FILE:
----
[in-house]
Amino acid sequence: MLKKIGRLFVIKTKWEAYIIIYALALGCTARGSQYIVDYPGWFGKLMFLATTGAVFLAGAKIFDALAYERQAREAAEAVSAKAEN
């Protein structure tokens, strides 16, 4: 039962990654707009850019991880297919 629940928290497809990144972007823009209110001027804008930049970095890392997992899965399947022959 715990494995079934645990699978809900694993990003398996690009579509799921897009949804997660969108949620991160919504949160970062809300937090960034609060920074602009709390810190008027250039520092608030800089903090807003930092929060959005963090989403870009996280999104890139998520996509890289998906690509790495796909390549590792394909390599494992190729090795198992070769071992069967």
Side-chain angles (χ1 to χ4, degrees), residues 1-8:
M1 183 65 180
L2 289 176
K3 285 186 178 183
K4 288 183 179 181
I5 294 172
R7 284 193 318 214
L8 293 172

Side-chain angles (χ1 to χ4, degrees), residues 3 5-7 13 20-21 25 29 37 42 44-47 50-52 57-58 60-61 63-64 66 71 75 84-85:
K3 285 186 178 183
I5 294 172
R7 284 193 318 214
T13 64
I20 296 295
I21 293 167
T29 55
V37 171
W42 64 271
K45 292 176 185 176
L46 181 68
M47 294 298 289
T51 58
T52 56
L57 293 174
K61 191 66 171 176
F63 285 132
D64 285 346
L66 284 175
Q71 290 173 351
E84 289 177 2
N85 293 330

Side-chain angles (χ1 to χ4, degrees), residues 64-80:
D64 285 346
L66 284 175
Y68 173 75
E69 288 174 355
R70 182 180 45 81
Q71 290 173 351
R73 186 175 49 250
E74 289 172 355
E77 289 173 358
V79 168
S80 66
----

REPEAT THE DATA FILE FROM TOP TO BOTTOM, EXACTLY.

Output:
[in-house]
Amino acid sequence: MLKKIGRLFVIKTKWEAYIIIYALALGCTARGSQYIVDYPGWFGKLMFLATTGAVFLAGAKIFDALAYERQAREAAEAVSAKAEN
């Protein structure tokens, strides 16, 4: 039962990654707009850019991880297919 629940928290497809990144972007823009209110001027804008930049970095890392997992899965399947022959 715990494995079934645990699978809900694993990003398996690009579509799921897009949804997660969108949620991160919504949160970062809300937090960034609060920074602009709390810190008027250039520092608030800089903090807003930092929060959005963090989403870009996280999104890139998520996509890289998906690509790495796909390549590792394909390599494992190729090795198992070769071992069967």
Side-chain angles (χ1 to χ4, degrees), residues 1-8:
M1 183 65 180
L2 289 176
K3 285 186 178 183
K4 288 183 179 181
I5 294 172
R7 284 193 318 214
L8 293 172

Side-chain angles (χ1 to χ4, degrees), residues 3 5-7 13 20-21 25 29 37 42 44-47 50-52 57-58 60-61 63-64 66 71 75 84-85:
K3 285 186 178 183
I5 294 172
R7 284 193 318 214
T13 64
I20 296 295
I21 293 167
T29 55
V37 171
W42 64 271
K45 292 176 185 176
L46 181 68
M47 294 298 289
T51 58
T52 56
L57 293 174
K61 191 66 171 176
F63 285 132
D64 285 346
L66 284 175
Q71 290 173 351
E84 289 177 2
N85 293 330

Side-chain angles (χ1 to χ4, degrees), residues 64-80:
D64 285 346
L66 284 175
Y68 173 75
E69 288 174 355
R70 182 180 45 81
Q71 290 173 351
R73 186 175 49 250
E74 289 172 355
E77 289 173 358
V79 168
S80 66